A Journal Entry is an entry made in the general ledger and it indicates the affected accounts.
A Journal Entry is a multi purpose transaction where the debit and credit accounts can be selected.
All types of accounting entries other than Sales and Purchase transactions are made using the Journal Entry. A Journal Entry is a standard accounting transaction that affects multiple Accounts and the sum of debits is equal to the sum of credits. A Journal Entry Impacts the main ledger.
Journal Entries can be used for entering expenses, opening entries, contra entries, bank payments, excise entries, etc. For example, booking running expenses, direct expenses like petrol/transport, sundry expenses, adjustment entries, and adjusting invoice amount.
To access the Journal Entry list, go to:
Home > Search Bar > Search for "Journal Entry"
1. How to create a Journal Entry
- Go to the Journal Entry list, click on New.
- The default Entry Type will be 'Journal Entry'. This is a general purpose entry type. Visit content #3 for more Journal Entry types
- You can change the Posting Date.
- Expand the table, select an Account from which amount is debited.
- Select the Party Type and Party if it's a Debtor entry.
- Add a row where the amount will be credited.
- Note that, in the end, total debit and credit amounts should add up to be the same.
- Save and Submit.
Finance Book: You can post this entry to a specific Finance Book. On leaving this field blank, this Journal Entry will show up in all Finance Books. This field will only be visible if 'Enable Finance Books' under the Fixed Asset Defaults section of the Company master is checked.
When creating a Journal Entry, a Quick Entry button can be seen on the top right. This makes creating the Journal Entry a bit easier. Enter the amount, select the accounts, add a remark. This will populate the 'Accounting Entries' table with the selected details.
2.1 Multi Currency entries
If the accounts selected are in different currencies, tick the 'Multi Currency' checkbox. If this checkbox is not enabled, you will not be able to select any foreign currencies in the Journal Entry. This will show the different currency and fetch the 'Exchange Rate'. To know more, visit the Multi-Currency Accounting page.
2.2 Print Settings
Pay To / Recd From: The name entered here will show up in the Sales Invoice. This is useful for printing cheques. Go to the print view in the Journal Entry
You can print your Journal Entry on your company's letterhead.
2.3 More Information
- Mode of Payment: Whether the payment was done using Wire Transfer, Bank Draft, Credit Card, Cheque, or Cash. New Modes of Payment can also be created. If a Bank Account is set in Mode of Payment, it will be fetched here when the Mode of Payment is selected.
- Is Opening: If the Journal Entry is of type 'Opening Entry' this field will be set to 'Yes'.
Let's take a look at some of the common accounting entries that can be done via Journal Entry
This is a general purpose entry type which can be used for different purposes. Let's see a few examples.
Many times it may not be necessary to accrue an expense, but it can be directly booked against an expense Account on payment. For example, a travel allowance or a telephone bill. You can directly debit Telephone Expense (instead of your telephone company) and credit your Bank on payment.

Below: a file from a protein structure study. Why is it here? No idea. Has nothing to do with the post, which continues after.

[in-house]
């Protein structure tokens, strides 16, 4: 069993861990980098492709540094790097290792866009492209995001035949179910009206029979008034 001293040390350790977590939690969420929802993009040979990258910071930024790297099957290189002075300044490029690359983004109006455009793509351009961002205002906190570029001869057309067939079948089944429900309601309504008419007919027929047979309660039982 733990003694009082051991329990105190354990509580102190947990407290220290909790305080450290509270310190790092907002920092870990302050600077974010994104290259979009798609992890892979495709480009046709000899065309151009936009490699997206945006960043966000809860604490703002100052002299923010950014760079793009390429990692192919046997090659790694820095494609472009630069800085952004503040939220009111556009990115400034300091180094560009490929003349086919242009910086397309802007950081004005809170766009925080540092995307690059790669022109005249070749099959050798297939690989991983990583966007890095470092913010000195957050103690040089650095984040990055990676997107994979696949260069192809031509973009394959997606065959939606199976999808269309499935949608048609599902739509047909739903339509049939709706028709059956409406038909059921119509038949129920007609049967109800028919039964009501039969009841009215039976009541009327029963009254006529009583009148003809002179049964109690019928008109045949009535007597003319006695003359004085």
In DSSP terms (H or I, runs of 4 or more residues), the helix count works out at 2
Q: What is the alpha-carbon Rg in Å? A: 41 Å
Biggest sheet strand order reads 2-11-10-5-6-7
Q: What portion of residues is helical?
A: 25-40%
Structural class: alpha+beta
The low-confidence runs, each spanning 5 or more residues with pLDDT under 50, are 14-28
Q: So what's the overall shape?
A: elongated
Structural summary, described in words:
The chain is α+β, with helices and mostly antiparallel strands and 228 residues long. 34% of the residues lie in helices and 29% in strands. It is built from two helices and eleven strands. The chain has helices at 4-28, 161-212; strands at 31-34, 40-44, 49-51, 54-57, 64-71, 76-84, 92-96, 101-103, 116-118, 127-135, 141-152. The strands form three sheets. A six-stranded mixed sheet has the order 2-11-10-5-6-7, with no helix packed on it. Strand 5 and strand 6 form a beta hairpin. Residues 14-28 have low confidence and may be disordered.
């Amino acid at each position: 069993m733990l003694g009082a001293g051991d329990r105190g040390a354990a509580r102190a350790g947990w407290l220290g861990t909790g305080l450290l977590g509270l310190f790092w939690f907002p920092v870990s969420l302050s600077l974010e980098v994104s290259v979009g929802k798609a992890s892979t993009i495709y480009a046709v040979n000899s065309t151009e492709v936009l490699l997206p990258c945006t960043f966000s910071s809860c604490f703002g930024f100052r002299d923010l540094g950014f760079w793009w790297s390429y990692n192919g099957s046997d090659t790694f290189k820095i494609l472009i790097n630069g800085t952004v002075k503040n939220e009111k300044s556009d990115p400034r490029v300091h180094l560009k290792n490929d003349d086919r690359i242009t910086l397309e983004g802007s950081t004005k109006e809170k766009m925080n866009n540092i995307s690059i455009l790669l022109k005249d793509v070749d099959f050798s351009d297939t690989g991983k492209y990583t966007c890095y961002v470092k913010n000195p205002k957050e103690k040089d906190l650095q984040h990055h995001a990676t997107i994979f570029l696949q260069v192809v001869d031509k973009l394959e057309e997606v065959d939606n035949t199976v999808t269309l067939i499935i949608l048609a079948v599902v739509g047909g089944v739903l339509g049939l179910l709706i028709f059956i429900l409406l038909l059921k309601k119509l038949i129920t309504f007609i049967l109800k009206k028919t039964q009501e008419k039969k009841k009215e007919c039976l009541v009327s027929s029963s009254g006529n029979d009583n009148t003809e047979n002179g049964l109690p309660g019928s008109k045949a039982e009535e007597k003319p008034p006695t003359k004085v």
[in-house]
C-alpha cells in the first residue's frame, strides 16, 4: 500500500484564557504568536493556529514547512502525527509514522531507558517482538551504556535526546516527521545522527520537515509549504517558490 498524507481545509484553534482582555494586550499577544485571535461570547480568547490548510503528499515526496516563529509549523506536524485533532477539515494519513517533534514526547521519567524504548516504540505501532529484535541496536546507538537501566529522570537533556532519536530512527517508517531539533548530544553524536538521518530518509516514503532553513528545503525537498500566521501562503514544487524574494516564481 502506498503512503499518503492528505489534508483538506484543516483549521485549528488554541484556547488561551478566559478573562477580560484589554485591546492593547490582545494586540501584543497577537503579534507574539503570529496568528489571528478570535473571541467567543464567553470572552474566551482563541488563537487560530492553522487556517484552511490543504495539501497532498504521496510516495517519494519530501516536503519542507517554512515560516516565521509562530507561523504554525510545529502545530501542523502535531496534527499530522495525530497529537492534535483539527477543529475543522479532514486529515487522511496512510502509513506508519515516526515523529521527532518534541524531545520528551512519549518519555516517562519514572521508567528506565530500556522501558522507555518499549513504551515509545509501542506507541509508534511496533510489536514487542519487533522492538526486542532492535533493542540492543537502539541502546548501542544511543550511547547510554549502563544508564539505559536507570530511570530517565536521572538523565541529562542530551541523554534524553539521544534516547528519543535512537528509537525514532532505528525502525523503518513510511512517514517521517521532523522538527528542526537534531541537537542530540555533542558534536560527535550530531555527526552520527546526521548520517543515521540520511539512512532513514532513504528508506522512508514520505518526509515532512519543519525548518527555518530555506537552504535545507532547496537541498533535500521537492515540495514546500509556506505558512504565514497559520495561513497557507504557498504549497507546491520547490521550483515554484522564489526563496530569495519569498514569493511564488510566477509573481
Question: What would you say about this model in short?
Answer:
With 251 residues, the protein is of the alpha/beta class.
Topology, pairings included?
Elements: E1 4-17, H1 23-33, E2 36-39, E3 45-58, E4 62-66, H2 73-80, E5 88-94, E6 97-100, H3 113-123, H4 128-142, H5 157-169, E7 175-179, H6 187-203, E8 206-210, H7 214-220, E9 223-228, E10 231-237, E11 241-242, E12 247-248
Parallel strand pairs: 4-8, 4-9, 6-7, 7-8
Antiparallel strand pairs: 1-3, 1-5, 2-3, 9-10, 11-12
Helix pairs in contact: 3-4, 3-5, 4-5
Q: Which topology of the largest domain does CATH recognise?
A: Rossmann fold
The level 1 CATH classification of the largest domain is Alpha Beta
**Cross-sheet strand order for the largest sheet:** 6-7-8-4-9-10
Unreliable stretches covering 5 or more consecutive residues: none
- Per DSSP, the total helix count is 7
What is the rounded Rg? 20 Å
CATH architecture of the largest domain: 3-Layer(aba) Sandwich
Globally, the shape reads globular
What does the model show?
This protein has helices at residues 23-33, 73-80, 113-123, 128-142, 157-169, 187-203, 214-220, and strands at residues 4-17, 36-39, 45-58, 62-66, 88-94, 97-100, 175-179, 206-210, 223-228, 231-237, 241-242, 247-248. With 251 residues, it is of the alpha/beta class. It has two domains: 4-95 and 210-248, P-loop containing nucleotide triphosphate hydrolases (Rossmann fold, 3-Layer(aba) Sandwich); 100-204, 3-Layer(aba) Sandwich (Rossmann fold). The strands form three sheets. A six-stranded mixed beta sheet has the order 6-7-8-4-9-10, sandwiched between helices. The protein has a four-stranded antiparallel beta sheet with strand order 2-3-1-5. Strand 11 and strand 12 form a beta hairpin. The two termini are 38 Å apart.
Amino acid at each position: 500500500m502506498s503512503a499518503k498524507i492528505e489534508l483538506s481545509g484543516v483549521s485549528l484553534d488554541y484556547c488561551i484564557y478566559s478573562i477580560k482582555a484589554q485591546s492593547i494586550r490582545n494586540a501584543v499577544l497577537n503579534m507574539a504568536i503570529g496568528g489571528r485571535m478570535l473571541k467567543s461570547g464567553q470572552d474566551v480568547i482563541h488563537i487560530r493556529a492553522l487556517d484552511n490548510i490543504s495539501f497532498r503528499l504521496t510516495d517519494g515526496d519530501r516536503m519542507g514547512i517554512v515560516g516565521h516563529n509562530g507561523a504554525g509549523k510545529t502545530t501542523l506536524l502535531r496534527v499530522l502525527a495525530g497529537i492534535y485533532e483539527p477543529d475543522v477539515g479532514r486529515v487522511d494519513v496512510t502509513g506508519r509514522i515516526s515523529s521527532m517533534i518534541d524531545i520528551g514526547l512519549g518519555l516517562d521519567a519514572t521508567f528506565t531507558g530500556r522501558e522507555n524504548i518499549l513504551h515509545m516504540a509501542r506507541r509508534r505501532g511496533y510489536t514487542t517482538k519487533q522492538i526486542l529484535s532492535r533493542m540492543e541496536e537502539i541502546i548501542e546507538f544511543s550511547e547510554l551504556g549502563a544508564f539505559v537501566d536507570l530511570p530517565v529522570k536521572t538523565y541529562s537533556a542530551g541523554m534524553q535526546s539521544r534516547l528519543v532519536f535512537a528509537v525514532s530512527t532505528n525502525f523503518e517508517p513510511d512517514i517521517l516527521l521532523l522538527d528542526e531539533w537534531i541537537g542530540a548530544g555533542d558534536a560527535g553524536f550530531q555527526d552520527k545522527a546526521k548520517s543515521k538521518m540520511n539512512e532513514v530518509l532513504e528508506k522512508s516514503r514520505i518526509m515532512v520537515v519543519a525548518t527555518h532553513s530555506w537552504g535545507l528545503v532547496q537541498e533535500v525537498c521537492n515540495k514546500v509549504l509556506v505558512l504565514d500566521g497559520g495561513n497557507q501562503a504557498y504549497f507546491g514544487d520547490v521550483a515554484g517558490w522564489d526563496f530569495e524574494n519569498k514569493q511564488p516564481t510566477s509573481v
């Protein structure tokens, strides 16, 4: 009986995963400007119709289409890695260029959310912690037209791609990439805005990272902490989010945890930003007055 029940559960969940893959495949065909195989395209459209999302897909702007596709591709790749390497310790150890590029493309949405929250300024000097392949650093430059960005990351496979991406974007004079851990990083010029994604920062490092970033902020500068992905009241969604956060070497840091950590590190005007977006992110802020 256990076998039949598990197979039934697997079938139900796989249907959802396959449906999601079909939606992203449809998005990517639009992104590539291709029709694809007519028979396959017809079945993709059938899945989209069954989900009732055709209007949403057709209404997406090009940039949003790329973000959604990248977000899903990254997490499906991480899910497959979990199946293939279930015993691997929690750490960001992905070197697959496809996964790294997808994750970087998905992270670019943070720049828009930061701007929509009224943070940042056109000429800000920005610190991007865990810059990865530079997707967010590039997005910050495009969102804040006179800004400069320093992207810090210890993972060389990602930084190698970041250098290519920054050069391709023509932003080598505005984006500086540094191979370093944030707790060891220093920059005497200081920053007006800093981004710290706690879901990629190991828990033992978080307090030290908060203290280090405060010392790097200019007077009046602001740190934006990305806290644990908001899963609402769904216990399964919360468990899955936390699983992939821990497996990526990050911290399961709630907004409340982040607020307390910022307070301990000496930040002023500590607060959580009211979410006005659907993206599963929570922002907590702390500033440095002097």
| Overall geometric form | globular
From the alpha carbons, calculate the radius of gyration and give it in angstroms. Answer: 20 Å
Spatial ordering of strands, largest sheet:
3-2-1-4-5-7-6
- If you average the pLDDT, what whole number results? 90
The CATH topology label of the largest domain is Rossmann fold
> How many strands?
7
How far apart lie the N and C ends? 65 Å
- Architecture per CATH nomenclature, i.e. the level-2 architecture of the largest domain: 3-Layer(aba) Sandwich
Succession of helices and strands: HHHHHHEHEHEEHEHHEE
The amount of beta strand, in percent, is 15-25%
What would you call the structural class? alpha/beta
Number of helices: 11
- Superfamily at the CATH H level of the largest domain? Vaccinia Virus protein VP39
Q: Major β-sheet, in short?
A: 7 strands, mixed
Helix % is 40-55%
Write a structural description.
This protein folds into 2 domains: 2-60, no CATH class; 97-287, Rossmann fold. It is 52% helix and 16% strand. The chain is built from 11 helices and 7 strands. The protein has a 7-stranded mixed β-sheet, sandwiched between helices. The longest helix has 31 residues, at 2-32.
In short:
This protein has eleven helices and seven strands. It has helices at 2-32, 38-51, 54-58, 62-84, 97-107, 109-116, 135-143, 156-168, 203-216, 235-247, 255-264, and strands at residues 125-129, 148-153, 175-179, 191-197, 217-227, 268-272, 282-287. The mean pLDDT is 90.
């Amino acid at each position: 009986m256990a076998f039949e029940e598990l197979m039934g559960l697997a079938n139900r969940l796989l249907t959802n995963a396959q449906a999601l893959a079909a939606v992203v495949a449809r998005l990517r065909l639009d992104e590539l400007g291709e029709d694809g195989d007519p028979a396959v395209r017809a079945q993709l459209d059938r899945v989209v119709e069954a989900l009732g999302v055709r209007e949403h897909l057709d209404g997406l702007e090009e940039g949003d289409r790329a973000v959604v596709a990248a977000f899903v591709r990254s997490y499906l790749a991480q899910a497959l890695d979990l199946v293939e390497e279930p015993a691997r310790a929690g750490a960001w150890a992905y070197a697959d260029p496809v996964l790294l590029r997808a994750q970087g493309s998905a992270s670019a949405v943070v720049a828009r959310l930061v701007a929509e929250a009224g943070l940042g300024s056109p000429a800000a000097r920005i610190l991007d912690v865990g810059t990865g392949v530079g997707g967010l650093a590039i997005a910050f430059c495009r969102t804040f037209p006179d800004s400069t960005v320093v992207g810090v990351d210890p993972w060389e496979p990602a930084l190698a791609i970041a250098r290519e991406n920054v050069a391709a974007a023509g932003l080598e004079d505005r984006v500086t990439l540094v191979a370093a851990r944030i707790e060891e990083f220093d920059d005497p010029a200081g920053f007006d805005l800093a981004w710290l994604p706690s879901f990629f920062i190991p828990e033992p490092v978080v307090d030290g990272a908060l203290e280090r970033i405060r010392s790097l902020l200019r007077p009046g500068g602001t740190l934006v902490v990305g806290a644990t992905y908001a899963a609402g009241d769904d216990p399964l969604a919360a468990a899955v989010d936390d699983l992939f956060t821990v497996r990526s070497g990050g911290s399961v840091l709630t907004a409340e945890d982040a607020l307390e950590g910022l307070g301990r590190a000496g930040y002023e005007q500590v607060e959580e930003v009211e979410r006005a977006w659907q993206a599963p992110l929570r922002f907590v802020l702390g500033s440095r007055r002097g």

- Debit: Expense Account (like Telephone expense).
- Credit: Bank or Cash Account.
For crediting employee salaries, 'Journal Entry' type is used. In this case,
- Debit: The salary components.
- Credit: The bank account.
3.2 Bank Entry
Use this type when making or receiving a payment using a Bank Account. For example, paying for an entertainment charges etc using the Company's bank account.
3.3 Cash Entry
This is the same as 'Bank Entry' but the payment is made via Cash Account.
3.4 Credit Card Entry
This is a type of entry to easily identify all credit card entries.
3.5 Debit Note
This is a document sent by a customer (your Company) to a supplier (your Supplier) when returning goods/items.
You can also create a Debit Note directly from a Purchase Invoice.
"Debit Note" is made for a Supplier against a Purchase Invoice or accepted as a credit note from Supplier when a company returns goods. When a Debit Note is made, the Company can either receive a payment from the Supplier or adjust the amount in another invoice.
- Debit: Supplier Account.
- Credit: Purchase Return Account.
To know more, visit this page.
3.6 Credit Note
This is a document sent by a supplier to a customer when returning goods/items.
"Credit Note" is made for a Customer against a Sales Invoice when the company needs to adjust a payment for returned goods. When a Credit Note is made, the seller can either make a payment to the customer or adjust the amount in another invoice.
- Debit: Sales Return Account.
- Credit: Customer Account.
A debit/credit note is usually issued for the value of the goods returned or lesser.
3.7 Contra Entry
A Contra Entry is booked when the transaction is booked within the same Company of types:
- Cash to Cash
- Bank to Bank
- Cash to Bank
- Bank to Cash
This is used to record withdrawing or depositing money from a Bank Account. When this entry is used, the money does not leave the company unless it is again used to pay for something.
Depreciation is when you write off certain value of your assets as an expense. For example if you have a computer that you will use for say 5 years, you can distribute its expense over the period and pass a Journal Entry at the end of each year reducing its value by a certain percentage.
- Debit: Depreciation (Expense).
- Credit: Asset (the Account under which you had booked the asset to be depreciated).